Unfortunately, Catholics followed this methodology and decided new must be better. This tendency toward Catholic amnesia could clearly be seen in the middle of last century, especially in the years following the Second Vatican Council. Yet in one of the first speeches he gave as pope, Pope Benedict spoke of a hermeneutic of reform, which really means we cannot forget who we are and cannot interpret the present without reconciling with the past. In anything we do today, we must be true to our history, memories, and ensure they are part of who and what we are today, especially corporately as Church. He pointed out that such is the case when speaking of the council.

Here then is the essence of what is meant by Truth, not that it is new information with each day but that the information of the day reconciles with all time. For the secularists to have their way, they must entice everyone to forget the past and remain focussed solely on the future, which will always be new, different, and an adventure. But to do so is like inducing corporate amnesia -- forget who you are and start with a blank slate and recreate things as we prefer them to be, not what they really are. As Bishop Fulton Sheen noted in his book Old Errors and New Labels (1931), “They are of the school that would deny the very nature of things: free the camel of his hump and call him a camel; shorten the neck of a giraffe and call him a giraffe; and never frame a picture, because a frame is a limitation and therefore a principle and a dogma.”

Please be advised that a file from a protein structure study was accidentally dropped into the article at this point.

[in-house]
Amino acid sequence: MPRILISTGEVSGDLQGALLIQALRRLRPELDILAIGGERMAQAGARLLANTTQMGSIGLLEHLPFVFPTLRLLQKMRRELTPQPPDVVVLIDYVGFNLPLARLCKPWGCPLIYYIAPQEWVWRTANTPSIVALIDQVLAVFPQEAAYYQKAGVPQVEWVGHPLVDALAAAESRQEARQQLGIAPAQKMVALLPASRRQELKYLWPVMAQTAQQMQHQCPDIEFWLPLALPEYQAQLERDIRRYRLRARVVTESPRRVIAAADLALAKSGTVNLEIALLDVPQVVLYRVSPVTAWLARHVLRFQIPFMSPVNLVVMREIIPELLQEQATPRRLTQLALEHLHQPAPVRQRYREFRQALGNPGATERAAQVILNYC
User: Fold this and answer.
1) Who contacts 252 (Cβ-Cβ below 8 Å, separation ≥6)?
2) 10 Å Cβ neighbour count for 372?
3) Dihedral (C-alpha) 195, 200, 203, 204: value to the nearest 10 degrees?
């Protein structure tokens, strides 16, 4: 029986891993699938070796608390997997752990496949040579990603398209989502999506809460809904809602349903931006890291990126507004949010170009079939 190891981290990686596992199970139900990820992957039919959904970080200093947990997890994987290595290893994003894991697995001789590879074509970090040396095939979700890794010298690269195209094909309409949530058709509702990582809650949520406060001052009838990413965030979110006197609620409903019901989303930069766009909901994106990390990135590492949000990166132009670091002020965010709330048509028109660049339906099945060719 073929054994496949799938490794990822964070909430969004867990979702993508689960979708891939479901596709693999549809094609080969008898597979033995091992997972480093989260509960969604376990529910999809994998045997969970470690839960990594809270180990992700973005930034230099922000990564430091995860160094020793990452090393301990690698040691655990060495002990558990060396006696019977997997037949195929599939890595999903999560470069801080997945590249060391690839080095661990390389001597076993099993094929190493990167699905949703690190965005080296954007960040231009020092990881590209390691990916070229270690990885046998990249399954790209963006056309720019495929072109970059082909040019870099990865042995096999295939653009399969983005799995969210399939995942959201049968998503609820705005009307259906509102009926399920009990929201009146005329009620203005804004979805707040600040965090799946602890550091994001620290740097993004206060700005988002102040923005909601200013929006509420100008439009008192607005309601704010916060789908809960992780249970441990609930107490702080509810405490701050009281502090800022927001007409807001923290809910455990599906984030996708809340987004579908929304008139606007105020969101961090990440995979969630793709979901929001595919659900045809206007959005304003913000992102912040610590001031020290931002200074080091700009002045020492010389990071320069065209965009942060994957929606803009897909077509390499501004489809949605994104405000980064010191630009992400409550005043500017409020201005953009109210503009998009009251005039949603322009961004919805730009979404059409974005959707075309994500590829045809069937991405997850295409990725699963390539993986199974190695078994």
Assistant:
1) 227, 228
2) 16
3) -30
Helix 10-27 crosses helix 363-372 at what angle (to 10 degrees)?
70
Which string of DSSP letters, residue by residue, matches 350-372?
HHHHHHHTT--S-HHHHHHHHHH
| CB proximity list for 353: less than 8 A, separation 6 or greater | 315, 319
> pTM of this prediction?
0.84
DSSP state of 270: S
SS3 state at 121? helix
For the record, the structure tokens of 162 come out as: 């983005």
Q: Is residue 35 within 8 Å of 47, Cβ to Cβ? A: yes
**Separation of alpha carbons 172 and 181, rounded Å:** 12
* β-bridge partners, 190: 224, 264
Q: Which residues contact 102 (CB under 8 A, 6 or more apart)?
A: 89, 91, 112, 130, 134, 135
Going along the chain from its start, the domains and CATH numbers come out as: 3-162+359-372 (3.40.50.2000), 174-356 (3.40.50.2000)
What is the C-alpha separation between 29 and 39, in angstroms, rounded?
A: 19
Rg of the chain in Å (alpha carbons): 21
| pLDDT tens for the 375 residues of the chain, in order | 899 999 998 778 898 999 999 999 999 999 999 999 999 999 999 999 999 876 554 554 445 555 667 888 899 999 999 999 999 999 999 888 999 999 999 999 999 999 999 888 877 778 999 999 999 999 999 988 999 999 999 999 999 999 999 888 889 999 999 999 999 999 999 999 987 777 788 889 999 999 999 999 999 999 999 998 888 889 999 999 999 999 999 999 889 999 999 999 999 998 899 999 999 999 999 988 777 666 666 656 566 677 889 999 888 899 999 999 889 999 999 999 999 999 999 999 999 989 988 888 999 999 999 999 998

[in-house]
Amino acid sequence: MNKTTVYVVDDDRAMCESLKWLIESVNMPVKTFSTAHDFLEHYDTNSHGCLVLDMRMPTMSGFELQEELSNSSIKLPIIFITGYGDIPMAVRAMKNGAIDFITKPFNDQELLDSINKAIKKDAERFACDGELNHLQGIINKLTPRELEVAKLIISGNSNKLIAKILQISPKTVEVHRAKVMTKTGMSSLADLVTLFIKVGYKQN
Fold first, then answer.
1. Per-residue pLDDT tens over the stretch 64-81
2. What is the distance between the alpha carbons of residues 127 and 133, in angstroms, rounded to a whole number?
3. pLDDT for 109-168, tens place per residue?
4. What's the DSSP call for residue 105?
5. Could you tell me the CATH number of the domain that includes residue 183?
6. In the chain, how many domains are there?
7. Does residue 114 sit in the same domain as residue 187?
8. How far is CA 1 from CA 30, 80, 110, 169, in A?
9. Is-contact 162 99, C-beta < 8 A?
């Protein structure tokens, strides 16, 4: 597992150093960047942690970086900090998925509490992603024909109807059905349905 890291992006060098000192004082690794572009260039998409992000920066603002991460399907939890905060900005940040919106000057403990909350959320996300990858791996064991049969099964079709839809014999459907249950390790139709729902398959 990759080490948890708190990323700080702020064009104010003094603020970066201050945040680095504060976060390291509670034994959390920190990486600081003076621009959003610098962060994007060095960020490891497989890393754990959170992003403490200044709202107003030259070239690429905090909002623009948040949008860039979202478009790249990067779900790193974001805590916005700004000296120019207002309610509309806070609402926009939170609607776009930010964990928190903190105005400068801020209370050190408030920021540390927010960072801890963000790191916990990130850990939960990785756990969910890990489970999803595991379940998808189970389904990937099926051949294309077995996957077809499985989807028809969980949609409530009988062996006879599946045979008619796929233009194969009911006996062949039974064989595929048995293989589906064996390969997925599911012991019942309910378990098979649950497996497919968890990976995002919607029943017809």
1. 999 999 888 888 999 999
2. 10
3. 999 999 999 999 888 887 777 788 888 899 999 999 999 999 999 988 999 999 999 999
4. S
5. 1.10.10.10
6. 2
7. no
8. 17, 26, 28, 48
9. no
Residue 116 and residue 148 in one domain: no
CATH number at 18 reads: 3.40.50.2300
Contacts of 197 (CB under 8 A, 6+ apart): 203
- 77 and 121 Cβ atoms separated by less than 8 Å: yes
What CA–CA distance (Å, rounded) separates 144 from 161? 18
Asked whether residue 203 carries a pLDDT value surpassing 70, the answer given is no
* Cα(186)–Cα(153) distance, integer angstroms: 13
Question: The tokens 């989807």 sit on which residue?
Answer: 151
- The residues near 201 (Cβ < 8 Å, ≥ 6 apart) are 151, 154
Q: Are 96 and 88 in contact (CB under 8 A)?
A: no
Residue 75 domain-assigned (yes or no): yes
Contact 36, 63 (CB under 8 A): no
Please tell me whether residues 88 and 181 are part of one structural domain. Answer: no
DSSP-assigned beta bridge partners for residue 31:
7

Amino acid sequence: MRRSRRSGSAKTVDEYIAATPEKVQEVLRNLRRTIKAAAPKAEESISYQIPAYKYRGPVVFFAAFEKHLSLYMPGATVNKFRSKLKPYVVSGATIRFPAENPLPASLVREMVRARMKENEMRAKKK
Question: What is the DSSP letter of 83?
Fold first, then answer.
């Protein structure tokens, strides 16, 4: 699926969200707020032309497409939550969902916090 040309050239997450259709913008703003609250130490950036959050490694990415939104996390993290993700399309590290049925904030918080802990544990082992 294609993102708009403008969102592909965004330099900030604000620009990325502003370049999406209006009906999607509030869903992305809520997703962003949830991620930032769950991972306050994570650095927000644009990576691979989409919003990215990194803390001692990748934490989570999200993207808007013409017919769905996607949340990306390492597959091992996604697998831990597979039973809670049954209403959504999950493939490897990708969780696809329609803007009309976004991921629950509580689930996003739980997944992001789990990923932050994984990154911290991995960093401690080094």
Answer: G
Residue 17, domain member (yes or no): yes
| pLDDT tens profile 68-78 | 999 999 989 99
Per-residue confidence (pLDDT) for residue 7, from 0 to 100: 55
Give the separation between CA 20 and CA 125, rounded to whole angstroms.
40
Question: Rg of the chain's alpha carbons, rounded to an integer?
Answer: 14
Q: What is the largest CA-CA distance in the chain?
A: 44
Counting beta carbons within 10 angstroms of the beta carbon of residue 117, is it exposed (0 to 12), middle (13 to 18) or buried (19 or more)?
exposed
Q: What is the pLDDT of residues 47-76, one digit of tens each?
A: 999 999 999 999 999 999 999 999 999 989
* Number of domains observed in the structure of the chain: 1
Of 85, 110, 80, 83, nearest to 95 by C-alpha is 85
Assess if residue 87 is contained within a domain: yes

So is the rejection of the past, our forgetting who we are, the source of the widespread disillusionment so many experience today?

Pilgrim Statue

National Pilgrim Virgin Statue

The Church of the Blessed Sacrament was privileged to host the National Pilgrim Virgin Statue of Our Lady of Fatima on Monday, November 12. This Statue is in the care of the World Apostolate of Fatima whose mission it is to remind everyone of the message given to the world in 1917. Here is the opening talk given by the Statue’s custodian, Mr. Bill Sockey:

Opening Talk from Fr. Peter Dugandzic on Vimeo.

There Is No Time Like the Present

Believe and Have Faith